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Tiffany Owens, early childhood special education teacher and early interventionist, provides services to children ages birth to 3 years old through Rainbows’ Infant/Toddler Services program in Butler County. Tiffany travels throughout Butler County to work with children and families in their homes. Here she answers three of the most common questions she is asked regarding the development of a baby’s vision.

How do you know what a baby sees?

Babies learn to see over a period of time, much like they learn to walk and talk. They are not born with all the visual abilities they need in life.

The ability to focus and move their eyes together must be learned. Babies also need to learn how to use visual information in order to understand the world around them and to interact appropriately.

At birth, babies’ vision is full of visual stimulation. They may look at highly contrasted toys, but they can’t tell the difference between two different toys or move their eyes between the toys. Colors they see are only black, white and gray. Their primary focus is on objects 8 to 10 inches from their face, or the distance to the parent’s face.

Over the next 10 to 12 weeks, babies will begin to follow moving objects and recognize toys and mobiles with bold, geometric patterns. As their color vision begins to develop, babies will see the color red first. A baby should be able to see the full spectrum of colors by the time they reach 5 months of age. Eye-hand coordination starts to develop as infants are tracking moving toys with their eyes and reaching out for them.

Babies’ eyes are not well coordinated and may appear to wander or be crossed. If noticing that an eye appears to turn in or out constantly after 4 months of age, then an evaluation is warranted.

From 5 to 8 months, babies will continue to improve on their eye-hand coordination by holding onto toys and bringing toys to their mouths. They will begin holding toys up to their eyes and examining them, along with watching their own hands move. Depth Perception, which is the ability to judge if objects are nearer or farther away than other objects, emerges around 5 months of age. At that time, a babies’ eyes are capable of working together to form a three-dimensional view of the world and begin to see in depth.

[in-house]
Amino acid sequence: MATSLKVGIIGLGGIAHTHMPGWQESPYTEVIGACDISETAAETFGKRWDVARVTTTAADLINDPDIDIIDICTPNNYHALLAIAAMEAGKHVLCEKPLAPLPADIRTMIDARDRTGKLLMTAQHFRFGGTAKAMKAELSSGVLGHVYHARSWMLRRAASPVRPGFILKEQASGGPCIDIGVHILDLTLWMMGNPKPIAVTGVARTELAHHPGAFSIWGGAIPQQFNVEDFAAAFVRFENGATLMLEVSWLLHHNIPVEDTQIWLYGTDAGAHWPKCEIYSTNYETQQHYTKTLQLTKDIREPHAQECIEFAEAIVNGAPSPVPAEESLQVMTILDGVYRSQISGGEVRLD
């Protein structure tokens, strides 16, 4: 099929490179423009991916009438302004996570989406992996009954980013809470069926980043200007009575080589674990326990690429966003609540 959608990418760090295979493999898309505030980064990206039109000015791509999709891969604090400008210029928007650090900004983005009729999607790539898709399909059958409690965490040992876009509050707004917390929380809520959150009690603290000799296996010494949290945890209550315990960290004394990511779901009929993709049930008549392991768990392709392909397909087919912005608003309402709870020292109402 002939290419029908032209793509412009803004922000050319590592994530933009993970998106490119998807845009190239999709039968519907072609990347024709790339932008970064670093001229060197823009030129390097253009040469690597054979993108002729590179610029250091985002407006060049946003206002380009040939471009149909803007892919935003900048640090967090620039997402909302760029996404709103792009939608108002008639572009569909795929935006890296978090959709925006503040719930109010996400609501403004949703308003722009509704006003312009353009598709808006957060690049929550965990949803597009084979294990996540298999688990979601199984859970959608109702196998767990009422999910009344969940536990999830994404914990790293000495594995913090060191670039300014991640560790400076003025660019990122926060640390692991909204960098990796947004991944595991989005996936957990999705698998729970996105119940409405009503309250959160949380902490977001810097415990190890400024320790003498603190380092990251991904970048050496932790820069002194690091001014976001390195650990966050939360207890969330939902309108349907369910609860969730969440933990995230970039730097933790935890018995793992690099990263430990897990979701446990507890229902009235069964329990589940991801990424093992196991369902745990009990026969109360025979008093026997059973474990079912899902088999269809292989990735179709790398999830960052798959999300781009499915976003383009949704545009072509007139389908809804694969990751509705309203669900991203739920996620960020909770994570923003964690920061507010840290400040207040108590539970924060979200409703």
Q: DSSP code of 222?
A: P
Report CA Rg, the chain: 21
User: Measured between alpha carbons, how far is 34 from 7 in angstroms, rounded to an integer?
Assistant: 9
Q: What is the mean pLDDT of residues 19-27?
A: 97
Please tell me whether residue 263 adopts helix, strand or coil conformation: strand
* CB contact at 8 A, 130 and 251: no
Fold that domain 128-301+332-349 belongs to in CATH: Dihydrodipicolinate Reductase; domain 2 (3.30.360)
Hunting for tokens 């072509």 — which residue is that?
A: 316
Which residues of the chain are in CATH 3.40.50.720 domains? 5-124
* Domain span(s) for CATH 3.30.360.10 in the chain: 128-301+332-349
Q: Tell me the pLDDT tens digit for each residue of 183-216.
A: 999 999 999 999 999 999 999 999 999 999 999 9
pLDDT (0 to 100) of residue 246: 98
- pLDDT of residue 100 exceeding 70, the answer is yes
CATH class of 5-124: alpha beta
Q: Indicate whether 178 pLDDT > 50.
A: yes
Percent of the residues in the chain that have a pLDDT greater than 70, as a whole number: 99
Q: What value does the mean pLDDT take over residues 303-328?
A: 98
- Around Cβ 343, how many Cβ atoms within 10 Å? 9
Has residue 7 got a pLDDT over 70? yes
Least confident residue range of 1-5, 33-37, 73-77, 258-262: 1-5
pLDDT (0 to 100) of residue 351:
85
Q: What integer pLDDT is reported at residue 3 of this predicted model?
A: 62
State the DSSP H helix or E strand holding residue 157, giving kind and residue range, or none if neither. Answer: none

At around 9 to 10 months of age, babies are crawling. Parents should encourage crawling instead of early walking to help the child develop better eye-hand coordination. By 12 months, babies can now judge distances fairly well and throw toys with precision. Babies can pick up small bites of food and finger feed themselves. They develop visual memory like playing peek-a-boo. Babies’ eyes are in midline and equal.

By 1 to 2 years old, a child’s eye-hand coordination and depth perception should be well developed. Children this age are highly interested in exploring their environment and in looking and listening. They can visually track objects and people over a large area or space. Toddlers can visualize and point to familiar objects in books and move about their environment with little to no assistance. The child’s visual acuity level is developing and should reach adult levels (20/20) by age 4 or 5 years old.

How do you know if there is a problem with your baby’s eyes?

• Excessive tearing- This may indicate blocked tear ducts
• Red or encrusted eyelids- This may be a sign of an eye infection
• Constant eye turning- This may signal a problem with eye muscle control
• Extreme Sensitivity to light- This may indicate an elevated pressure in the eyes
• Appearance of a white pupil- This may indicate a presence of an eye cancer

What puts your baby at risk for vision problems?

Specific diagnoses
• Prematurity
• Birth injuries
• Family History

If you have questions or concerns regarding your child’s development, please call Rainbows at 316.267.5437. Rainbows can help you sign up for a free developmental screening. We provide Infant/Toddler Services in Butler, Sedgwick and Sumner counties.